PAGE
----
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In search of the workplace edge

Once Sandra Dawkins made the decision to take the International Association of Administrative Professionals (IAAP) exam, it wasn’t long before she enrolled in the Certified Professional Secretary Review to help her prepare for it, as The College of The Bahamas’ Centre for Continuing Education & Extension Services (CEES) offers a nine-month program that prepares administrative professionals and clerical assistants to sit examinations for professional certifications.

Dawkins, a 32-year veteran of the Bahamas Telecommunications Company (BTC) was seeking to gain an edge to help her pass the IAAP exam and ultimately enhance her workplace performance so that her employer would have a trained employee with specialized skills, a valuable resource in any thriving business.

She and three of her colleagues Dionne Bastian, Denise Braithwaite and Andrea Ferguson are among the latest successful graduates of the CPS Review and have also passed the IAAP exam.  They joined a network of more than 500 alumni in the local public and private sectors.

“My son said to me ‘Well mommy, now you know what it’s like to be in college again, I don’t want you sleeping when it’s time to do your assignments,’” recalled the senior associate at BTC.

Continuing education services continue to be in high demand as professionals from a variety of industries and sectors seek to sharpen their skills to improve their versatility, marketability and performance.

CEES has been filling that demand by providing quality programs and training opportunities including a variety of professional certifications, academic upgrading for traditional age students and personal development courses. On average 4,343 persons enroll for CEES courses annually hoping to improve their personal and professional development and upgrade their skills.

“Bahamians are taking advantage of continuing education because they realize it is an essential activity for life-long learning,” said Lorraine Bastian-Jones, assistant director of CEES.  “If we are to remain on the cutting edge of not only technology but skills, we need to continue upgrading,” she said.

Professionals with either a bachelor’s degree from an accredited institution or at least four years of secretarial or clerk experience may enroll in the CPS Program which has concentrations in the areas of: management, technology and office administration.  Over time, the program has evolved to meet the needs of profesionals and now incorporates competencies in writing and research, ethics and professional responsibility and financial accounting.

“We really believe adding these courses help to give our graduates a competitive edge,” said Bastian-Jones.  “Some look at it as a form of promotion, many others look at it as professional enrichment.  We believe that secretaries and clerks can now perform their jobs with more confidence and increased skill levels.”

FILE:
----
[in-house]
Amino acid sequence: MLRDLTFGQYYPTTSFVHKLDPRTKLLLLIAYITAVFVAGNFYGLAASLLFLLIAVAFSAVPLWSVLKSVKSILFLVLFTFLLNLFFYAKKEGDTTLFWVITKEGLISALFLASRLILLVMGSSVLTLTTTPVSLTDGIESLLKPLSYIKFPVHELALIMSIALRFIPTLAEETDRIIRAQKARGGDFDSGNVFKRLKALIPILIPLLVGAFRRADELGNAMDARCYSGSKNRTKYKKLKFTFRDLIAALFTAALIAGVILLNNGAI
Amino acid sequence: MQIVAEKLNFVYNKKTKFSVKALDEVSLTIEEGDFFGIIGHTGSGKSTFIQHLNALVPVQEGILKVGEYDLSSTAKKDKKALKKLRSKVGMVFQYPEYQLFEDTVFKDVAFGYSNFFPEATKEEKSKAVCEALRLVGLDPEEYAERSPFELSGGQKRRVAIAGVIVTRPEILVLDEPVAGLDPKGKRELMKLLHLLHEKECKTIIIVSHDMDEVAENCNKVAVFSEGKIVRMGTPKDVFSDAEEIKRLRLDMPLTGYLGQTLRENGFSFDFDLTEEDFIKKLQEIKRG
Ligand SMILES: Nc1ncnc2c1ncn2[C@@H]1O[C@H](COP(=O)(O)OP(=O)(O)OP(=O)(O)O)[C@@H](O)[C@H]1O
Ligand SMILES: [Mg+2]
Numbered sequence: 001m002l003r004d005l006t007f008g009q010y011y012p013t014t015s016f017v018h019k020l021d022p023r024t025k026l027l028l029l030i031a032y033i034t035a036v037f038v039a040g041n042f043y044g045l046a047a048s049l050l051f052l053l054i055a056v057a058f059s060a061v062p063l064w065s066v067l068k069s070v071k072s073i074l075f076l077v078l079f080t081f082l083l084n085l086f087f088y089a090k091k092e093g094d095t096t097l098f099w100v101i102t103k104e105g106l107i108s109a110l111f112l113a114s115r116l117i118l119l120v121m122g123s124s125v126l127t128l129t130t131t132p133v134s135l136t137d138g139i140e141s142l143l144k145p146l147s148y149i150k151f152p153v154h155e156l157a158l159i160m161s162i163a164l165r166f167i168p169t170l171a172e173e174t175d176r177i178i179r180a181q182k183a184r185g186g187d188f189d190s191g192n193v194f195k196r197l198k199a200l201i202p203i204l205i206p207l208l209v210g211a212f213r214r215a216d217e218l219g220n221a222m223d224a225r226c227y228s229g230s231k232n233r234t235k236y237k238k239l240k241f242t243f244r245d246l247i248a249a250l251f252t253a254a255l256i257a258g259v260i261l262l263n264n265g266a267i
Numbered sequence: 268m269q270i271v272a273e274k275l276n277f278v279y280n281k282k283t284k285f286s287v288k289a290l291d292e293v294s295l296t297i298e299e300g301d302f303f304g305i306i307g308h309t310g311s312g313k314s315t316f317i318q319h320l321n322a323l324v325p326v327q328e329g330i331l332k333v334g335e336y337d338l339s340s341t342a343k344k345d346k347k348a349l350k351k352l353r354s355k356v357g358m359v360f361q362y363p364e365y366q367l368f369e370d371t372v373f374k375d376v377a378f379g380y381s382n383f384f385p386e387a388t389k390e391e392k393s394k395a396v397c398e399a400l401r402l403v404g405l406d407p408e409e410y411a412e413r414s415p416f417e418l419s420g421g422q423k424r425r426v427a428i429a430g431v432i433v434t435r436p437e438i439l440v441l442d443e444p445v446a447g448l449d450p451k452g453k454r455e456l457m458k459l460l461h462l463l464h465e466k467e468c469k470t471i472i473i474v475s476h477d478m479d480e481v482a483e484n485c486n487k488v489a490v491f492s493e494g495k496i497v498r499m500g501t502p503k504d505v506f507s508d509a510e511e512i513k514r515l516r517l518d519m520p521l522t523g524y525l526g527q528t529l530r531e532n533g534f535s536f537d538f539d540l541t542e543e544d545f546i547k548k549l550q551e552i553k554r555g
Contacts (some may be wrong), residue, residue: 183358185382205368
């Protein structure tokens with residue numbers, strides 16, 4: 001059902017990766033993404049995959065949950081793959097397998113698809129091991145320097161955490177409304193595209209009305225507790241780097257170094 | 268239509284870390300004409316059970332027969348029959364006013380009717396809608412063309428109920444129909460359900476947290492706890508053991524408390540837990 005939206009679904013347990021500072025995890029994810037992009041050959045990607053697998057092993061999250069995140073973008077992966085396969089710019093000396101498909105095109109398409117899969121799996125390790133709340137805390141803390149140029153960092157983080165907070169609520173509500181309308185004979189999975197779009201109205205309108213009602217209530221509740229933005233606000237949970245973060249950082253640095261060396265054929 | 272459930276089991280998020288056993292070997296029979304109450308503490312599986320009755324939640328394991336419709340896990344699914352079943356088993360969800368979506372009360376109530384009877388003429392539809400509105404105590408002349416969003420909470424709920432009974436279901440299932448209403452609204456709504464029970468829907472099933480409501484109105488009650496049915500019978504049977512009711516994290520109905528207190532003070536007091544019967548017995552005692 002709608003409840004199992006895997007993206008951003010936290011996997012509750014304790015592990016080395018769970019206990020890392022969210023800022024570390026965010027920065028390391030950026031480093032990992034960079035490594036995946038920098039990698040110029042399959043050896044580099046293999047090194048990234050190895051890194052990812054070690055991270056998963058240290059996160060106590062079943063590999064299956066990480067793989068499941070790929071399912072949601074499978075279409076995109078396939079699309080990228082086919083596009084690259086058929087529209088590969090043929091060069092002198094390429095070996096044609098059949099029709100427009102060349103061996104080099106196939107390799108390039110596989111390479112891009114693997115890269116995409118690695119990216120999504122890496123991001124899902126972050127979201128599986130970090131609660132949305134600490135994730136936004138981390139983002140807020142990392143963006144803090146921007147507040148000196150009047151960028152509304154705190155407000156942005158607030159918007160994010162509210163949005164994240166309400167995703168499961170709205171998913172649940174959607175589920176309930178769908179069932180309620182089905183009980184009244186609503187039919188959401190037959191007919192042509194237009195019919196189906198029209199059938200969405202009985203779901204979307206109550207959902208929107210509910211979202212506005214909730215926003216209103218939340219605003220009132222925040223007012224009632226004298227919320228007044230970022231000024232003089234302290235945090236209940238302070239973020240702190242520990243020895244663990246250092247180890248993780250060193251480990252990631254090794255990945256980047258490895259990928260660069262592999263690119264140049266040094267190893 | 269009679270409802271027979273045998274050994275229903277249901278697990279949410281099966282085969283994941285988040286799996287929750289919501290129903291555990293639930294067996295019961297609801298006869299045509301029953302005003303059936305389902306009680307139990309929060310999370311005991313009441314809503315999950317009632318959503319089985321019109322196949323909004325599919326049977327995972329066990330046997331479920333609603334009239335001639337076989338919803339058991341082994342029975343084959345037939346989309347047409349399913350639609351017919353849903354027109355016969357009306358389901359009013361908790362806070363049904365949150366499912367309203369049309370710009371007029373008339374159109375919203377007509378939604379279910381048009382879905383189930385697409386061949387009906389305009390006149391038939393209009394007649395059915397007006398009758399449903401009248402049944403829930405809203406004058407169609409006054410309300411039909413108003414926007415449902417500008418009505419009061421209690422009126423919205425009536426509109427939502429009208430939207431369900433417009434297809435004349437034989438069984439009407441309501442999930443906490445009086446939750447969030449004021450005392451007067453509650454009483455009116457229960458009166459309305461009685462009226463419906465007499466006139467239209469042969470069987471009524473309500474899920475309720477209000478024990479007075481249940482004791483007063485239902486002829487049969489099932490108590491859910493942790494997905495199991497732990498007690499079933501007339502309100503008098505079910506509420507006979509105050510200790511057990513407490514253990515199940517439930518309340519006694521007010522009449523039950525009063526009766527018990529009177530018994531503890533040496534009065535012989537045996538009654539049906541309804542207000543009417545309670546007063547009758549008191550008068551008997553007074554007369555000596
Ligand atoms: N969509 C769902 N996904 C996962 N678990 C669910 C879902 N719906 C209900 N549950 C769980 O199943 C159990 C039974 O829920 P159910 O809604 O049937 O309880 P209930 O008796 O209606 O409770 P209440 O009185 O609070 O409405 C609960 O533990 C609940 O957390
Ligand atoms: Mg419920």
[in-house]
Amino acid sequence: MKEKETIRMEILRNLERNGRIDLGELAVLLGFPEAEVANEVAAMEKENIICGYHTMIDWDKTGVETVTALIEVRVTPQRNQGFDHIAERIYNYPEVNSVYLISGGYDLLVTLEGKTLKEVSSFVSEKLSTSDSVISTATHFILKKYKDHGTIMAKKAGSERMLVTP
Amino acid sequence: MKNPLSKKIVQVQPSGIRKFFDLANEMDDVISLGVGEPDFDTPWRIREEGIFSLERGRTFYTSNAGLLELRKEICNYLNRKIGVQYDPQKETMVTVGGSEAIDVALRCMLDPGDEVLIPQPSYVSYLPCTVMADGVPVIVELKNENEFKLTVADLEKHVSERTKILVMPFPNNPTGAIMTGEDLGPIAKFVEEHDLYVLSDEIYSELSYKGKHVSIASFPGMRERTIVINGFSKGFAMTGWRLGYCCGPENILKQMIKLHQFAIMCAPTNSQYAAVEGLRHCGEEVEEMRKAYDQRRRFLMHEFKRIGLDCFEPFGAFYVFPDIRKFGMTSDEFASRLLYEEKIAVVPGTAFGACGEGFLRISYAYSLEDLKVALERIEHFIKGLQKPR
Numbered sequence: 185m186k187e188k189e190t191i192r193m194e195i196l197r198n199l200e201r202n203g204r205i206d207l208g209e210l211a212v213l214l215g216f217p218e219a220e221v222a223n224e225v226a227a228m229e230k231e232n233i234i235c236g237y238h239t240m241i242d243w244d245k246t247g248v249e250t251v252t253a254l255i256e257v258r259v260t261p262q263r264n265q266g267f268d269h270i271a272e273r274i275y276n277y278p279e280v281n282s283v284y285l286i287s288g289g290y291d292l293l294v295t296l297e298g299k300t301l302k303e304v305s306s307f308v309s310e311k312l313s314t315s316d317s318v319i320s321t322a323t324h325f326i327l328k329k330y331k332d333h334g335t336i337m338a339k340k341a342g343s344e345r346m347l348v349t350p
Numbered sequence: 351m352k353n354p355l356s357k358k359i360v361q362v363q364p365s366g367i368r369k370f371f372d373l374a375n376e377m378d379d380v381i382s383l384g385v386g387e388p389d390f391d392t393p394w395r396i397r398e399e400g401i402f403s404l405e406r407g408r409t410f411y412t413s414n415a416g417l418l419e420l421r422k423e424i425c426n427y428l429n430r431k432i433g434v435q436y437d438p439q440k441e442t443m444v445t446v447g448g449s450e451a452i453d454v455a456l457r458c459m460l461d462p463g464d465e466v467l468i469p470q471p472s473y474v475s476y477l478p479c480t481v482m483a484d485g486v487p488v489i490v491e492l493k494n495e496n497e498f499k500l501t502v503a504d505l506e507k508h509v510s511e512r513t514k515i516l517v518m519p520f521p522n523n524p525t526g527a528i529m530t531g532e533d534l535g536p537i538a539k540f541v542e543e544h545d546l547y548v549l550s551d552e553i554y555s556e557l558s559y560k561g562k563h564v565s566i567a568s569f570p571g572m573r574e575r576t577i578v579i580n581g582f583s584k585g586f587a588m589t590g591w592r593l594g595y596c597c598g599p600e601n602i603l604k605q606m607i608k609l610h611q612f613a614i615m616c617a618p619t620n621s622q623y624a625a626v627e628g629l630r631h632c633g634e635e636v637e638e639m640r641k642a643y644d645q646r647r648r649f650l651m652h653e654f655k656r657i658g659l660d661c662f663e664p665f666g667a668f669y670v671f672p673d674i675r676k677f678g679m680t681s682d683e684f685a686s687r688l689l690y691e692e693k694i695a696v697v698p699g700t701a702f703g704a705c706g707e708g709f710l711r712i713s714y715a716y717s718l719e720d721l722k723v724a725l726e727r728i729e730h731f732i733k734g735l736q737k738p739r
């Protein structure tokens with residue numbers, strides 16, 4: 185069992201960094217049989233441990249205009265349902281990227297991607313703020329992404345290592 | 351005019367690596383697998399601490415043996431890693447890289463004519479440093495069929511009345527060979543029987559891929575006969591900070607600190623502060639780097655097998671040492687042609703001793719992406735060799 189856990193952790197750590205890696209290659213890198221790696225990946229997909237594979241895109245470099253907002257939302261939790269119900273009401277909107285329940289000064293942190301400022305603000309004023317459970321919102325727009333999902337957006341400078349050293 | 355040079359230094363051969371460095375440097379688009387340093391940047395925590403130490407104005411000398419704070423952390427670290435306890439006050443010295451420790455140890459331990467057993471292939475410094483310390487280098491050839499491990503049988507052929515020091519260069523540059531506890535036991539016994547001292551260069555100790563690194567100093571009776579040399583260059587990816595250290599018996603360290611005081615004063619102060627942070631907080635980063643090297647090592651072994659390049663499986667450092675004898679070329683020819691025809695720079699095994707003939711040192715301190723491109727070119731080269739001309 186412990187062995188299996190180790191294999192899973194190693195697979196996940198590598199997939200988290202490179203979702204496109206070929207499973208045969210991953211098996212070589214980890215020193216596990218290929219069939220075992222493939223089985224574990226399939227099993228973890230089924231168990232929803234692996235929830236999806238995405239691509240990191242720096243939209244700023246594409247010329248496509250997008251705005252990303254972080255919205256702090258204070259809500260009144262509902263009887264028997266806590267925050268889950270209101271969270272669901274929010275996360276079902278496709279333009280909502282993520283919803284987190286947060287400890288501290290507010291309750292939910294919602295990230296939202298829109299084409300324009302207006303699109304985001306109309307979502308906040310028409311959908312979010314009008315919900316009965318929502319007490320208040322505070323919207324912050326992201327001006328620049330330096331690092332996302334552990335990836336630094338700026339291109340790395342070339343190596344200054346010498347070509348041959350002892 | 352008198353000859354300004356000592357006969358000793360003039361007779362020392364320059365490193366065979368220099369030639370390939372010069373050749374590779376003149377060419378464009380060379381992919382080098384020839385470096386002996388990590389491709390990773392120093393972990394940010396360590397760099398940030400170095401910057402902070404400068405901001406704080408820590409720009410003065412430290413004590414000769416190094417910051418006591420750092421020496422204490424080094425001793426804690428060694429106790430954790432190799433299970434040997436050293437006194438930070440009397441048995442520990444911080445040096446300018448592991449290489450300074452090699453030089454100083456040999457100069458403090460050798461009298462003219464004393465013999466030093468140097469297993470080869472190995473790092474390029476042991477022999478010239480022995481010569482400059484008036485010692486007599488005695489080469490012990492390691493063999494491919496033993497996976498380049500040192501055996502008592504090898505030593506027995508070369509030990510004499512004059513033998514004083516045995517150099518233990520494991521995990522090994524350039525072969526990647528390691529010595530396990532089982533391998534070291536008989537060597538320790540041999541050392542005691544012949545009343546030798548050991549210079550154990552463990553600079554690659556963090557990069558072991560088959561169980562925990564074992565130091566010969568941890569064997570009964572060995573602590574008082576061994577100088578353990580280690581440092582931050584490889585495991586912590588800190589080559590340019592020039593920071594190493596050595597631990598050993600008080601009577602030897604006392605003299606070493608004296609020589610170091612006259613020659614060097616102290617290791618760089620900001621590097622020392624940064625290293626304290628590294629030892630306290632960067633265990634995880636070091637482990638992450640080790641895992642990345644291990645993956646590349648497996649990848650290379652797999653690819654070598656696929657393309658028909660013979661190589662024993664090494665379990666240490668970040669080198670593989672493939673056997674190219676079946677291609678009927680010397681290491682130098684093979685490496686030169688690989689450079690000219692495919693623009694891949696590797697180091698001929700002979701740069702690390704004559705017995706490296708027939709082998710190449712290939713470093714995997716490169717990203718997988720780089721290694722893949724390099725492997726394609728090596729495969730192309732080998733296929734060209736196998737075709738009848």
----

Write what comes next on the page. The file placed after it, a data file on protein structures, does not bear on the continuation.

Dr. Christine Nwosa, assistant vice-president of outreach and director of CEES is pleased with the program’s results and the center’s national impact on professional development and lifelong learning.

“The achievement of these four BTC employees who are now Certified Professional Secretary graduates is highly commendable,” she said.  “CEES is pleased with its continued partnership with public and private partners who value continuing education and provide opportunities for its staff to advance in their career pursuits.”

The emergence of adult learners in higher education is a profound change that has vastly impacted business and industry.  As employees continue to hone their skills, productivity has increased in the workplace.  Locally, many companies require staff members to take training courses as a part of their annual performance review.

Dr. Leon Higgs, director of lifelong learning at the Ministry of Education, says continuing education is a critical component of higher learning with huge personal benefits as well.

“There is always something new to learn.  The way our minds work, once we stop learning our minds literally die.  I highly recommend that Bahamians learn new skills for their jobs.  For persons about to go into retirement they can learn skills that can be used in their personal lives.  If you were to look at the places that offer evening classes here in The Bahamas, people are continuing to learn, people are going to seminars, taking online courses and workshops.  They are seeing the value in life-long learning,” Dr. Higgs said.

As employers continue to look for high levels of skills and competencies, the value of lifelong learning continues to grow, and The College of The Bahamas is expanding its accessibility and there are also plans to offer CEES programs online in 2012.

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